The HPIC separation was performed using a Thermo Scientific Dionex ICS-6000 HPIC System (Thermo Scientific) equipped with Dionex IonPac AS11-HC (2 × 250 mm) and AG11-HC (2 mm × 50 mm) columns. Mobile phase A was 100 mM NaOH in water, and mobile phases C and D were methanol and water, respectively. Another pumping system was used to supply the solvent (2 mM acetic acid in methanol), and the solvent was mixed with the effluent before entering electrospray ionization (ESI) (flow rate of 0.15 mL/min). The column temperature was 30 °C. The temperature of the autosampler was 4 °C and the injection volume was 5 μL. An AB SCIEX 6500 QTRAP + triple quadrupole mass spectrometer (AB Sciex) equipped with an ESI interface was used for analysis and development. Typical ion source parameters were as follows: ion spray voltage = −4500 V, curtain gas = 30 psi, ion source gas 1 = 45 psi, ion source gas 2 = 45 psi, and temperature = 450 °C. By injecting a standard solution of a single analyte into the API source of the mass spectrometer, flow injection analysis was used to optimize the MRM parameters for each target analyte. AB SCIEX Analyst Workstation Software (1.6.3 AB SCIEX), MultiQuant 3.0.3. software and Chromeleon 7 were employed for MRM data collection and processing.
Quantitative analysis of intracellular l-sorbose-1-phosphate
Cells were seeded on 35 mm culture plates and cultured to a density of ~70%. After l-sorbose treatment for 24 h, the medium was aspirated, and 1 mL of 80% methanol:20% water mixture was added to extract metabolites. The plate was placed at −20 degrees for 20 min. Then, the cell material was scraped into a 1.5 mL test tube prechilled on ice. The cell debris was pelleted by centrifugation at 15,000 × g at 4 °C for 10 min, and the supernatant was transferred to a new tube and stored at −20 °C until analysis.
HPLC separation was carried out using a WATERS ACQUITY UPLC System (WATERS) equipped with HILIC-Z 2.7 μm (2.1 × 100 mm) columns. The mobile phases were acetonitrile and 0.1% formic acid. The column temperature was 45 °C. The injection volume was 5 μL. The mass spectrometric data were collected on a MALDI SYNAPT Q-TOF mass spectrometer (WATERS) connected with an electrospray ionization interface in positive ion mode (ESI+). Typical ion source parameters were as follows: capillary voltage of 3.5 kV, cone voltage of 30 V, source block temperature of 100 °C, desolvation temperature of 400 °C, desolvation gas flow of 700 l/h, cone gas flow of 50 l/h, and collision energy of 6/20 eV. The mass range of m/z 20–2000 was scanned. MassLynx V4.2 software (WATERS) was employed for data acquisition and processing.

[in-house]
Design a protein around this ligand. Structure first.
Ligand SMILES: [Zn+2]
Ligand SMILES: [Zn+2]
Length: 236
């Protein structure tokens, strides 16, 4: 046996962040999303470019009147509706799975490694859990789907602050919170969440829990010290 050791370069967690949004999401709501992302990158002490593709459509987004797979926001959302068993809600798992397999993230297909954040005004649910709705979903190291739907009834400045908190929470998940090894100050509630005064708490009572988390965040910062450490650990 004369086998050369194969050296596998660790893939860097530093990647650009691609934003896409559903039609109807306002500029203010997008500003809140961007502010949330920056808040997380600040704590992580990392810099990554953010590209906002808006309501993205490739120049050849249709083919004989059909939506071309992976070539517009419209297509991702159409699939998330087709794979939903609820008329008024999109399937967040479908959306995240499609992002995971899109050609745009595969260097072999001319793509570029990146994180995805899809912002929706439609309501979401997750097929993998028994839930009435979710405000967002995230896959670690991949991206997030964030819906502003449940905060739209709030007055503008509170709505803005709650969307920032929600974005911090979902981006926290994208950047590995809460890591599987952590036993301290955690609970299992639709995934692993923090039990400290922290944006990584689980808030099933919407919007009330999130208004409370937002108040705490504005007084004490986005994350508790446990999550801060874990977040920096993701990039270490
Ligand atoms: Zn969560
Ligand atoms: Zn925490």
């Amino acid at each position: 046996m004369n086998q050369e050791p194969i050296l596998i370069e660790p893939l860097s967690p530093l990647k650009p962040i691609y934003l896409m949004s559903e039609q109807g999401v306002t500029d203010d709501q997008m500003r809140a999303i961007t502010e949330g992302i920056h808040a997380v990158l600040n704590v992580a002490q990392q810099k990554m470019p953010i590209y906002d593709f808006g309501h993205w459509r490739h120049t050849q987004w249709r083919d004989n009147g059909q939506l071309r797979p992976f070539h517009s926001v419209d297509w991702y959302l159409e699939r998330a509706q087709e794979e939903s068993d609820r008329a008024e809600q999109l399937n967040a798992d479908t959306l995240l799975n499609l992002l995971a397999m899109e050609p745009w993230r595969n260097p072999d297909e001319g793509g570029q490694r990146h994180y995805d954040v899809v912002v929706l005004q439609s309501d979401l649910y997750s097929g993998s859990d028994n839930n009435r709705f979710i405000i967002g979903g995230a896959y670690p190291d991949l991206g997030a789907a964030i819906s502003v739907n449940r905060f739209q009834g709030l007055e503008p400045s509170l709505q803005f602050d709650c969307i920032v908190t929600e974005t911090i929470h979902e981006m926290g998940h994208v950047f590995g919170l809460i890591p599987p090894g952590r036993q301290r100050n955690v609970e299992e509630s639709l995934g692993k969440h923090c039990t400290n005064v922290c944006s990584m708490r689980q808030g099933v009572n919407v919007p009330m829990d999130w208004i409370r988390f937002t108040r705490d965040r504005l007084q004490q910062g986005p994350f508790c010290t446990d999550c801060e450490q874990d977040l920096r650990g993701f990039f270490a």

Metabolic flux analysis using 13C6-glucose
Cells were seeded on 10 cm culture plates. The day after seeding, cells were washed three times with D-PBS before adding glucose-free DMEM (supplemented with 10% FBS, 4 mM glutamine, and 4.5 g/L 13C6-glucose). After l-sorbose treatment for 12 h, the cells were collected and added 500 μL of MeOH/H2O (3/1, v/v). Vortexed for 30 s and precooled in dry ice, repeated freeze-thaw three times in liquid nitrogen. The samples were vortexed for 30 s and sonicated for 15 min in the ice-water bath. Followed by incubation at −40 °C for one hour and centrifugation at 13,800 × g and 4 °C for 15 min. A 400 μL aliquot of the clear supernatant was collected and dried by spin. Then the residue was reconstitution with ultrapure water according to the cell count. Reconstituted samples were vortexed before filtration through the centrifuge tube filter, and were subsequently transferred to inserts in injection vials for HPIC-QE-MS analysis after centrifugation at 13,800 × g and 4 °C for 15 min.